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Stocks Time Warner Inc

  • News Corp.'s headquarters in New York.

    A rebound in advertising and strong performance at News Corp's networks led the media giant to beat expectations. Adjusted earnings came in at 29 cents per share, a penny higher than analysts expected and up from adjusted EPS of 25 cents a year ago.

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    What follows is a roundup of corporate earnings reports for Wednesday, Feb. 2.

  • Middle East Turmoil

    Stocks were narrowly mixed ahead of the close, but still remained within a narrow trading range, as investors focused on unrest in Egypt and took a breather after the market posted new multi-year highs on Tuesday. Disney rose, while Home Depot fell.

  • The Time Warner building.

    Time Warner's stock is soaring — now up over 8 percent — on strong fourth quarter results and an upbeat outlook for 2011 that tops Wall Street expectations. Earnings per share grew 22 percent, on eight percent higher revenue, driven by higher advertising, subscriptions and content revenue, especially at its cable networks.

  • Middle East Turmoil

    Stocks struggled for direction on Wednesday as clashes between government supporters and protesters in Egypt weighed on the market amid news of a better-than-expected gain in private-sector hiring last month. Merck and BofA fell, while Disney rose.

  • We're waiting for the locusts to arrive: the financial district was a sheet of ice as I arrived at 7 AM. Halfway around the world, there is a Category 5 cyclone approaching Queensland, Australia. It may be the strongest cyclone to hit Queensland since 1899. Just what they need. This is why commodity stocks like Rito Tinto and BHP Billiton are rallying in Europe.

  • See what's happening, who's talking and what will be making headlines on Wednesday's Squawk on the Street.

  • A youth with an Egyptian flag painted on his face stands in Tahrir Square in Cairo, Egypt.

    With the Middle East in the background, financial markets are turning their attention to Friday's jobs report and other U.S. economic data slated for this week.

  • Egyptian demonstrators demanding the ouster of President Hosni Mubarak throw fire bombs at police in Suez on January 27, 2011.

    Unrest in Egypt has replaced Europe's debt crisis as a flash point for markets, and any unfolding developments there will no doubt affect trading in the week ahead.

  • Charlie Sheen

    CBS stock moved south starting at around 2:15 pm, at one point off as much as 2 percent. It happens that at 2:20pm Eastern TMZ posted a report that Charlie Sheen was rushed to the hospital this morning on a stretcher. Charlie Sheen happens to be the highest-paid actor on television, and the star of the top TV sitcom, CBS' 'Two and a Half Men.'

  • Netflix

    Netflix has had a dizzying run in the past year - its stock is up over 270 percent. The big question on investors minds: will it maintain its growth and justify its valuation? Netflix reports fourth quarter earnings after the bell and will give its guidance for EPS and revenue for Q1 and the full year 2011.

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    Today the DOW hit that crucial 12,000 benchmark, and it's worth taking stock of how the index's three media and telecom stocks have fared since the last time we saw 12,000.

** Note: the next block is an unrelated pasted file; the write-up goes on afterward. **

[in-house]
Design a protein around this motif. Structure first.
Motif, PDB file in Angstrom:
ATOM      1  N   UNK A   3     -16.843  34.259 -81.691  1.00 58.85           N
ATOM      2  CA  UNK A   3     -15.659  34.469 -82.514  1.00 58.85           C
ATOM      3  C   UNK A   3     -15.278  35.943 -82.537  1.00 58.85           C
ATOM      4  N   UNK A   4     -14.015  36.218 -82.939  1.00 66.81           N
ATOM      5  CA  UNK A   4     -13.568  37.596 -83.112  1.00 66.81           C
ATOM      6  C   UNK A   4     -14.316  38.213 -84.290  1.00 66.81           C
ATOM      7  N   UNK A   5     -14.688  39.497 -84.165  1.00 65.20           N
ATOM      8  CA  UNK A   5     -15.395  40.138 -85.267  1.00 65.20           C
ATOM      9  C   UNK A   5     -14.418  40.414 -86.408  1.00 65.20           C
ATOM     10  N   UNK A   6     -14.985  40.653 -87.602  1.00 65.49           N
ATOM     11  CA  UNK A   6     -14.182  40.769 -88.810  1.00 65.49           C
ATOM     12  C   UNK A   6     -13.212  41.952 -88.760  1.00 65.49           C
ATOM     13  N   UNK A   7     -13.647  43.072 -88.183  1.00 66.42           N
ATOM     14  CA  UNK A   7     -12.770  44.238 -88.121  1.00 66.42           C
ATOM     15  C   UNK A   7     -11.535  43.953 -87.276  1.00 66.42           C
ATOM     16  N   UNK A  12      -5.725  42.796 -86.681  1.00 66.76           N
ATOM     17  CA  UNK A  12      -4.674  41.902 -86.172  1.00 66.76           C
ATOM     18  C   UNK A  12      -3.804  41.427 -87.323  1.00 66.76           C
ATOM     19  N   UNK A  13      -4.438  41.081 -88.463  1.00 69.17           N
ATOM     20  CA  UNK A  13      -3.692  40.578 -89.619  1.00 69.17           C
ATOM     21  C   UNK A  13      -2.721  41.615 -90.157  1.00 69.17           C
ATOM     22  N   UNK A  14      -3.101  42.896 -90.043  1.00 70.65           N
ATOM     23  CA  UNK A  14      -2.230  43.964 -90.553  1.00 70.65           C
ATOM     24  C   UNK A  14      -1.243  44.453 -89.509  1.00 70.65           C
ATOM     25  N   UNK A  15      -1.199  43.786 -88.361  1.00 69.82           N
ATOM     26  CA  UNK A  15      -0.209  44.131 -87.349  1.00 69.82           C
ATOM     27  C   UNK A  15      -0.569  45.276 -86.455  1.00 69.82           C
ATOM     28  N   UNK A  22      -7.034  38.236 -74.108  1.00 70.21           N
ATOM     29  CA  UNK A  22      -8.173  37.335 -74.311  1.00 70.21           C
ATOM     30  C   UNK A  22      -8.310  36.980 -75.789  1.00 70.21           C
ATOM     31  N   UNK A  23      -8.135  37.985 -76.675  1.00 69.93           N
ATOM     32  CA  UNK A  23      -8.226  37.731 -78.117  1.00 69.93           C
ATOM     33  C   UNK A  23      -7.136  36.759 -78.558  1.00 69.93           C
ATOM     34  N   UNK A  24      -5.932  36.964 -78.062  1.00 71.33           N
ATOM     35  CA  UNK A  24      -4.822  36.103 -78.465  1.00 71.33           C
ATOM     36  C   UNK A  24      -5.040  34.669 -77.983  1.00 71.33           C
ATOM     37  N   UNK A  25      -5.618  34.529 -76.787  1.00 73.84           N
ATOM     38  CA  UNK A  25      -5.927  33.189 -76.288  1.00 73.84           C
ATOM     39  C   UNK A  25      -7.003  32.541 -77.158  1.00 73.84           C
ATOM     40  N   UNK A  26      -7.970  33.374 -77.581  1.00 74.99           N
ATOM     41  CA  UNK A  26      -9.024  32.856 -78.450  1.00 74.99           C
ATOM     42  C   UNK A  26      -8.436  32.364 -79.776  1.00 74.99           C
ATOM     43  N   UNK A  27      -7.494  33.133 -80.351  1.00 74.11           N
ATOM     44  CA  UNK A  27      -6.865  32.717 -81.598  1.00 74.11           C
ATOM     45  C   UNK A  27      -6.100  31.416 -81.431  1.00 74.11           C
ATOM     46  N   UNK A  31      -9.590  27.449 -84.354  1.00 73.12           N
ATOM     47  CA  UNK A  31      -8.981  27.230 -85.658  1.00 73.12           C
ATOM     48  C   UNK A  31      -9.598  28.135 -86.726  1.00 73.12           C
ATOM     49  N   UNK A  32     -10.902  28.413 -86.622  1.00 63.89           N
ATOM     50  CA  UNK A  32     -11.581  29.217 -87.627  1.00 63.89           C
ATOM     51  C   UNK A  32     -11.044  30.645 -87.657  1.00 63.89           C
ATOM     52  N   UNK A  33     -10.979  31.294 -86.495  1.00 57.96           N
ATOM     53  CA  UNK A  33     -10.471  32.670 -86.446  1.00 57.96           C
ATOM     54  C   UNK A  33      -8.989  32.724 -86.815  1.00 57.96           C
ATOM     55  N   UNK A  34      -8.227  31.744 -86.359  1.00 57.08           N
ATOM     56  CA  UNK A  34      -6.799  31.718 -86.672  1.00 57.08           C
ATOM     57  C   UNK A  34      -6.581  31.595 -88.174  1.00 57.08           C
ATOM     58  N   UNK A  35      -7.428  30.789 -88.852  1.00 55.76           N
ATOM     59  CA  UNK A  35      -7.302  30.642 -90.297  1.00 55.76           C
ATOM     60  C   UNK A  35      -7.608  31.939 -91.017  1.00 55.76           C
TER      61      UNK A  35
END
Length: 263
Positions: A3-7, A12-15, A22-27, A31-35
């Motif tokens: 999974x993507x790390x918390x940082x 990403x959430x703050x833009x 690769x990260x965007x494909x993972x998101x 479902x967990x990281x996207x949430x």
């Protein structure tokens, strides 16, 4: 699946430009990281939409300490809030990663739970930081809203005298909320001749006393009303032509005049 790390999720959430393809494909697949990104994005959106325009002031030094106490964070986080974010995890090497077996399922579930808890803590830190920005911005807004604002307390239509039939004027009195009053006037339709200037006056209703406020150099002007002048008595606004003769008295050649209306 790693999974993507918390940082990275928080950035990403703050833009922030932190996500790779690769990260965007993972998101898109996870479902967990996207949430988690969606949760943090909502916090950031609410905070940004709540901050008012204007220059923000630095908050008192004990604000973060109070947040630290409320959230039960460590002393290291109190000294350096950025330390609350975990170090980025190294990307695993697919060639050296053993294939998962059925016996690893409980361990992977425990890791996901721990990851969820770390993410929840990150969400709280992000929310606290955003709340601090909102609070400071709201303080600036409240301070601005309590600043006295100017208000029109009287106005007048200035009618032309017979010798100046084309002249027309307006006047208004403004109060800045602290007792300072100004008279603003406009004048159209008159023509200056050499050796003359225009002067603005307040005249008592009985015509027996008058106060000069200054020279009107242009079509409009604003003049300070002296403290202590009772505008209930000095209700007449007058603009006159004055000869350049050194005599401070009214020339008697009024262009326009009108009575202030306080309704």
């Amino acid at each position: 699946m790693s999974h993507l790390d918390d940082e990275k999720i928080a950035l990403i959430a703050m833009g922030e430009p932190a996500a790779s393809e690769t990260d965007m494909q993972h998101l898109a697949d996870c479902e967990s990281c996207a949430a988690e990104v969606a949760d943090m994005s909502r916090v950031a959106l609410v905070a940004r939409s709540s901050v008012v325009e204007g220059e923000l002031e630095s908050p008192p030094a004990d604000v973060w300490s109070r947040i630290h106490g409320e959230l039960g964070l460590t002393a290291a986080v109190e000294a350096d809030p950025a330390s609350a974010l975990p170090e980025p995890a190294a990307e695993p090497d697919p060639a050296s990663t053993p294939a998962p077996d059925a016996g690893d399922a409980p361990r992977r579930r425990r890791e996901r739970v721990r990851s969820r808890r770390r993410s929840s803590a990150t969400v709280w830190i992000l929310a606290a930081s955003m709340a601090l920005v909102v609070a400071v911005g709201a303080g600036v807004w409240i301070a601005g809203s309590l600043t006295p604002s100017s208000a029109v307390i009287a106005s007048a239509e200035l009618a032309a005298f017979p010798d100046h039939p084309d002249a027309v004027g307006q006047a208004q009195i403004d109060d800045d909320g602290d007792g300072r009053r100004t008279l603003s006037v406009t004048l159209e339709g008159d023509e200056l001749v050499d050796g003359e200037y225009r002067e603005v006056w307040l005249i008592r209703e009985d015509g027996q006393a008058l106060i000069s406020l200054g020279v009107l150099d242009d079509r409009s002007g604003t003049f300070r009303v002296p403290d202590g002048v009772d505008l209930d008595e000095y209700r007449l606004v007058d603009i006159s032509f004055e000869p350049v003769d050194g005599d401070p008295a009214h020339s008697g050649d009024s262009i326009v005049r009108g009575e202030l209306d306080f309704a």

• Actor Colin Firth poses with his award for Best Performance by an Actor in a Motion Picture (Drama) for 'The King's Speech'.

    The big winner of the morning is "The King's Speech," from The Weinstein Co. — grabbing the lead with a whopping 12 nominations including Best Picture, Actor and Director.

  • Although it is still a tentative environment for the economy, it's clear that investors are now rewarding growth," Aryeh Bourkoff, vice chairman of Joint Global Head of TMT Investment Banking UBS, told CNBC on Thursday.

  • Mark Zuckerberg

    The Golden Globes are taken far less seriously than the Oscars. They're voted on by only 90 members of the Hollywood Foreign Press, but they're also a lot more fun for attendees.

  • Rupert Murdoch, Chairman and CEO of News Corporation

    At a dinner of media, advertising and Internet execs, hosted by consulting company MediaLink LLC, Rupert Murdoch stood up and raised a glass, saying it's more important than ever for News Corp to work with technology companies early in their content development process.

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    Bewkes is incredibly bullish on what the new tablets and smartphones screens here at CES mean for Time Warner's bottom line.

  • As Netflix continues to increase its presence in the media landscape, Time Warner CEO Jeff Bewkes doesn't consider the online DVD subscription and streaming service company as a threat.

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    CES kicks off today and buzz is already building about the hot new devices and services that will grab the attention of consumers and investors. Some clear themes have already emerged and it's all about new mobile devices, seamless integration of streaming and traditional content, more powerful chips, and persistent 3D.

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    The popular social networking site has raised $500 million from the investment bank and a Russian investor in a deal that values the company at $50 billion, the New York Times reports.